Abstract

abstract:

The New Yorker, founded in 1925, was well-positioned to influence the reception of Anglo-American literary modernism. Although the magazine frequently paid attention to modernism, it did not make a special point of championing or publishing modernist writers. An illuminating exception in this regard was the experimental modernist writer Robert Myron Coates (1897–1973), who had a life-long association with the New Yorker, while also crafting a career in distinctly experimental writing. Coates’s work and career is emblematic of the interconnectedness between advanced modernism, its middlebrow manifestations, and American popular culture.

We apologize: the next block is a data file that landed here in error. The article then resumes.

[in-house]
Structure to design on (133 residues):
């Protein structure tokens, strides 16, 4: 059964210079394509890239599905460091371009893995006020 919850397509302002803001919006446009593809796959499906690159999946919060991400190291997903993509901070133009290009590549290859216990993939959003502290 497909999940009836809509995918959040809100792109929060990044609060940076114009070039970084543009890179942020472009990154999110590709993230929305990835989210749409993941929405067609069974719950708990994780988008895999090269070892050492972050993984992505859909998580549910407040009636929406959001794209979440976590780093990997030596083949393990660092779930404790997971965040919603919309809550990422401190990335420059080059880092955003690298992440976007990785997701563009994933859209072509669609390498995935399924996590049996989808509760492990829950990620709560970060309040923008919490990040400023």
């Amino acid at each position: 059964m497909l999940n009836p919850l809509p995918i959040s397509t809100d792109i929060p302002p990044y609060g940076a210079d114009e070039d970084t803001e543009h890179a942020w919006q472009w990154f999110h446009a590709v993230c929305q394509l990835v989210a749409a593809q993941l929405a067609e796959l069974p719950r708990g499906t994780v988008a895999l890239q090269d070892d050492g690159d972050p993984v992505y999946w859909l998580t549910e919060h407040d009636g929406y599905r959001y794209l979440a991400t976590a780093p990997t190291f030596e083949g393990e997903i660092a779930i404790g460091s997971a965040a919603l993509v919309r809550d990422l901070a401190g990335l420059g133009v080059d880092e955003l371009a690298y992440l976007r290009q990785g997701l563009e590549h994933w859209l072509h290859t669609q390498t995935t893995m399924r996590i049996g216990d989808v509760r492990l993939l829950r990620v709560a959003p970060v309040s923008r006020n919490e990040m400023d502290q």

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Additional Information

ISSN
2152-9272
Print ISSN
1947-6574
Pages
pp. 113-126
Launched on MUSE
2020-07-14
Open Access
No
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